Talisman: Omen for Better Times?

08/12/2014 8:00 am EST

Focus: STOCKS

Gavin Graham

Chief Strategy Officer, INTEGRIS Pension Management Ltd

Given the strong forecast for energy growth, it makes sense to introduce another oil and gas producer to our buy list, suggests Gavin Graham, chief strategy officer at Integris Pension Management and contributing editor to The Income Investor.

My choice is Talisman Energy (TSX: TLM, NYSE: TLM). Formerly BP's Canadian operations, Talisman has been an independent oil and gas exploration and production company for the last two decades.

It has operations in Alberta, Saskatchewan, and British Columbia, the Marcellus and Eagle Ford shale gas plays in the US, Colombia, the North Sea, and Indonesia, Malaysia, and Vietnam.

Under the leadership of former TransCanada CEO Hal Kvisle since 2011, Talisman has been selling operations and re-focusing on its core oil provinces of the Americas and Asia, including selling a 49% stake in its North Sea operations to Chinese state oil company Sinopec in 2012.

As a result, its oil production has fallen and the stock has been one of the most disappointing oil companies listed in Canada over the last five years. Its current price is still well below the C$19.69 at which it traded at the end of 2009 when the price of WTI oil was only US$61.79 a barrel.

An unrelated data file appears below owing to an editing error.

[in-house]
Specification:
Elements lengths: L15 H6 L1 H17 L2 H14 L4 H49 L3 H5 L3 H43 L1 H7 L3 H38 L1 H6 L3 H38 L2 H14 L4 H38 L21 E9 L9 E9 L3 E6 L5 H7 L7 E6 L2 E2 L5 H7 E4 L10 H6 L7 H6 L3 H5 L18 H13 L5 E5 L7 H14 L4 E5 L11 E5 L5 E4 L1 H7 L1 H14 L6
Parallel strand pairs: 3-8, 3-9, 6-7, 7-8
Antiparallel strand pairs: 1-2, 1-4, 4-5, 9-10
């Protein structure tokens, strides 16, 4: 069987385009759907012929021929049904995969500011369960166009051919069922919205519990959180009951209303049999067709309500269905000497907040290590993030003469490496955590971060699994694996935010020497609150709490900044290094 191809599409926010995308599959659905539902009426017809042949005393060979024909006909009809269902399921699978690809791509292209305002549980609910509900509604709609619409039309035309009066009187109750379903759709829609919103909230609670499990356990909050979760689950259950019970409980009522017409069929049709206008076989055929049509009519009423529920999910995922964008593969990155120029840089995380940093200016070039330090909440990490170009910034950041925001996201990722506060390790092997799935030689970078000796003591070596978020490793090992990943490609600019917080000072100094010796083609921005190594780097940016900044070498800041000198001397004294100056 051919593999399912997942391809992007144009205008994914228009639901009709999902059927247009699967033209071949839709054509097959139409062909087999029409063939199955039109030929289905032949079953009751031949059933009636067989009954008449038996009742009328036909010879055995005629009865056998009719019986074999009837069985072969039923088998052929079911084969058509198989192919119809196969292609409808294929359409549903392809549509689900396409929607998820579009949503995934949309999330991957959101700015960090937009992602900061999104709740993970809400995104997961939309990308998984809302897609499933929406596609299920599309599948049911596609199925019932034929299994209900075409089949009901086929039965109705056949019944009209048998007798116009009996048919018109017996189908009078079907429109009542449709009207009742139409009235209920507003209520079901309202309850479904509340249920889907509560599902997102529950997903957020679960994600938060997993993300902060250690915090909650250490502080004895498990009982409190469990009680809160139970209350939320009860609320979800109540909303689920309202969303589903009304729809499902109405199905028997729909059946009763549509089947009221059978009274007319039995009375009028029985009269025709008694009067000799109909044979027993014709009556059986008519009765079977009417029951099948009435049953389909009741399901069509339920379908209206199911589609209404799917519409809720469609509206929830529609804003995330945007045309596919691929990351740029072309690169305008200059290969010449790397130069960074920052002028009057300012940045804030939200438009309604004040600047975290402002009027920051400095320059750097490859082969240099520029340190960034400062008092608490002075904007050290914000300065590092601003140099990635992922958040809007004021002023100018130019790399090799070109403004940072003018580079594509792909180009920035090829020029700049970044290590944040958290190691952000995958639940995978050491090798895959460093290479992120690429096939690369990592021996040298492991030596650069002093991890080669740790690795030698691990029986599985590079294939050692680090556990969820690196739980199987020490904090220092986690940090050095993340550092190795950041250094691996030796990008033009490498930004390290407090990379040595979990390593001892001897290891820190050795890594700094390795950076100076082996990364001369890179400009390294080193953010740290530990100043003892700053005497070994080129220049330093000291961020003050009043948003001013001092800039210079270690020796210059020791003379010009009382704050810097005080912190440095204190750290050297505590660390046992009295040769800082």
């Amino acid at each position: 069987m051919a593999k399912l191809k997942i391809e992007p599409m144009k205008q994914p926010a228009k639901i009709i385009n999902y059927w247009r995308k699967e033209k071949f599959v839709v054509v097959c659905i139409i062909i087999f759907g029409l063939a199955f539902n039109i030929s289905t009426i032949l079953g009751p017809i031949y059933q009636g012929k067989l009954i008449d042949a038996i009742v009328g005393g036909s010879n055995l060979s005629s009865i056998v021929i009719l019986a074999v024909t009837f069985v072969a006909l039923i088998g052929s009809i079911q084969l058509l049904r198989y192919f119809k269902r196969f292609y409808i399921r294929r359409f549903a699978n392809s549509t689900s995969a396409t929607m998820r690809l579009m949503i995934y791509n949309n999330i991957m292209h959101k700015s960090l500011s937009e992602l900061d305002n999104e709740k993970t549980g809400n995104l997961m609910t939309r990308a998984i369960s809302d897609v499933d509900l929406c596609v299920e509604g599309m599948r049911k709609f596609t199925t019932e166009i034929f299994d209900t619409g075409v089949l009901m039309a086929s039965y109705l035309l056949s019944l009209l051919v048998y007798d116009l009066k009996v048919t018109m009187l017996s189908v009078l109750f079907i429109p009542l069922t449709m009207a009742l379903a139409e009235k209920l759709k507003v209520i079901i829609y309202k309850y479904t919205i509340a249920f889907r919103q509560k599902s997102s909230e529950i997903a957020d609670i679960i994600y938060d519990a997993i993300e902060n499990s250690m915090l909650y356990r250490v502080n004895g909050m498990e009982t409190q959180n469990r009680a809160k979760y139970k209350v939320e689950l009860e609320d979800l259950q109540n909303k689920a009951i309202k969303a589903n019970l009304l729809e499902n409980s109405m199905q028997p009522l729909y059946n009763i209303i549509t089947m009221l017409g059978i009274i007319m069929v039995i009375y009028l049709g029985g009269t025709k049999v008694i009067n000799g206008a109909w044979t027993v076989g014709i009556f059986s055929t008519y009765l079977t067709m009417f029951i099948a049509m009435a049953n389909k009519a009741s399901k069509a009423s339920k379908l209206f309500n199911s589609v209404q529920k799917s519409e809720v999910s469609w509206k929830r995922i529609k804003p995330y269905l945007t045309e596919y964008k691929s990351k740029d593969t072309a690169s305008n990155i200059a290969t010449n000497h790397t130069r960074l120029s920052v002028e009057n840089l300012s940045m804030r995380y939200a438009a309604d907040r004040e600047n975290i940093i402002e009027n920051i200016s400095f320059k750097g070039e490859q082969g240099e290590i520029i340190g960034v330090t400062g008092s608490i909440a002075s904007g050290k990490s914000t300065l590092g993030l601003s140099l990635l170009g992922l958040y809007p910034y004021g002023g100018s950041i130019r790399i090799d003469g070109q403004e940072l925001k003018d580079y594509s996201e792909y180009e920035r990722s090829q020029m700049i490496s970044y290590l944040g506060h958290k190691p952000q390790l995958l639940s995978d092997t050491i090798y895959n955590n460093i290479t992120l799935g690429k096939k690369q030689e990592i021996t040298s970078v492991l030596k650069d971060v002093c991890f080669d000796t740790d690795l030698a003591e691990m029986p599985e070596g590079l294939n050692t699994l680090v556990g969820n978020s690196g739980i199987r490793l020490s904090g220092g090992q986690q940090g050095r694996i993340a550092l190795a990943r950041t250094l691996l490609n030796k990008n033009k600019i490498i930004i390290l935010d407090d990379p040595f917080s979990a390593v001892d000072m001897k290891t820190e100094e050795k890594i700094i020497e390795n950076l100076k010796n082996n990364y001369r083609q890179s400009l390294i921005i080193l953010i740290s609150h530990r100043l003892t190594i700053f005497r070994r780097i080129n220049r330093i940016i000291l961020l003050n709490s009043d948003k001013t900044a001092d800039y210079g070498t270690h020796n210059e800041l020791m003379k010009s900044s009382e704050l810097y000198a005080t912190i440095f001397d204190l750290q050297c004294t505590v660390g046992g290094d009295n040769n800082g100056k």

This is even after the 14% jump in the share price when Spanish state oil company Repsol announced it was in negotiations with Talisman on July 23 about a possible takeover of certain assets or the entire company.

Talisman now expects 10% growth in production from its core assets in Canada, the US, Colombia, and Asia. It is open to offers for such attractive assets as its Eagle Ford properties in Texas, where Encana recently spent $3.1 billion on adjacent areas.

In the meantime, the price of oil remains around $100 per barrel, against all in costs of production including depreciation of $32.60 in 2013. This makes Talisman extremely cash flow positive, generating $2.2 billion in 2013 ($2.13 per share).

Even renowned corporate activist Carl Icahn, who got two board seats when he took a stake last October, is letting Mr. Kvisle take his time over the restructuring.

These shares are appropriate for investors looking for a reasonable yield and some capital growth in a leading independent oil & gas exploration and production company that has substantially underperformed both the market and its peers.

Talisman Energy is a buy for the increase in production from its core assets in the Americas and Asia. This should be reflected in its dividend increases, combined with the company's positive cash flow, low gearing, and the possibility of major disposals or a possible takeover.

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